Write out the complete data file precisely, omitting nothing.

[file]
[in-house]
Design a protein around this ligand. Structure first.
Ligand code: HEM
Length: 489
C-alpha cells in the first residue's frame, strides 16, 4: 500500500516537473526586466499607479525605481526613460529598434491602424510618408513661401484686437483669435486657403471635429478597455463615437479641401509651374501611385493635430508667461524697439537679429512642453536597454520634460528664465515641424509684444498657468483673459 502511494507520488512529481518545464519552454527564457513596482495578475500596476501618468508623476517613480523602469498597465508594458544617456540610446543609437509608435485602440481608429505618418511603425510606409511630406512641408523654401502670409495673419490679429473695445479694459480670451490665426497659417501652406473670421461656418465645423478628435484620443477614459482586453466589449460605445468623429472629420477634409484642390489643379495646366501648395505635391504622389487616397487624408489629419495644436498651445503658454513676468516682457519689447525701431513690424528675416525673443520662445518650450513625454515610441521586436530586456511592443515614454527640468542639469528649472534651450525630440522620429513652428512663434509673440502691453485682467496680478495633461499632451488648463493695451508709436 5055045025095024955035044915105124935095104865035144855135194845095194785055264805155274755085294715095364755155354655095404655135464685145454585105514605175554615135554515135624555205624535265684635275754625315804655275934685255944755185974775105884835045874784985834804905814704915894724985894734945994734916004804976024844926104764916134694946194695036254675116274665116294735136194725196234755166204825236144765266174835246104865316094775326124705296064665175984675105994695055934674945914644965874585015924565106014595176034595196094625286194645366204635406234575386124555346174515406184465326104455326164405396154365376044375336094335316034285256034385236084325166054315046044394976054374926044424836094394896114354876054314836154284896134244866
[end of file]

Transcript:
[in-house]
Design a protein around this ligand. Structure first.
Ligand code: HEM
Length: 489
C-alpha cells in the first residue's frame, strides 16, 4: 500500500516537473526586466499607479525605481526613460529598434491602424510618408513661401484686437483669435486657403471635429478597455463615437479641401509651374501611385493635430508667461524697439537679429512642453536597454520634460528664465515641424509684444498657468483673459 502511494507520488512529481518545464519552454527564457513596482495578475500596476501618468508623476517613480523602469498597465508594458544617456540610446543609437509608435485602440481608429505618418511603425510606409511630406512641408523654401502670409495673419490679429473695445479694459480670451490665426497659417501652406473670421461656418465645423478628435484620443477614459482586453466589449460605445468623429472629420477634409484642390489643379495646366501648395505635391504622389487616397487624408489629419495644436498651445503658454513676468516682457519689447525701431513690424528675416525673443520662445518650450513625454515610441521586436530586456511592443515614454527640468542639469528649472534651450525630440522620429513652428512663434509673440502691453485682467496680478495633461499632451488648463493695451508709436 5055045025095024955035044915105124935095104865035144855135194845095194785055264805155274755085294715095364755155354655095404655135464685145454585105514605175554615135554515135624555205624535265684635275754625315804655275934685255944755185974775105884835045874784985834804905814704915894724985894734945994734916004804976024844926104764916134694946194695036254675116274665116294735136194725196234755166204825236144765266174835246104865316094775326124705296064665175984675105994695055934674945914644965874585015924565106014595176034595196094625286194645366204635406234575386124555346174515406184465326104455326164405396154365376044375336094335316034285256034385236084325166054315046044394976054374926044424836094394896114354876054314836154284896134244866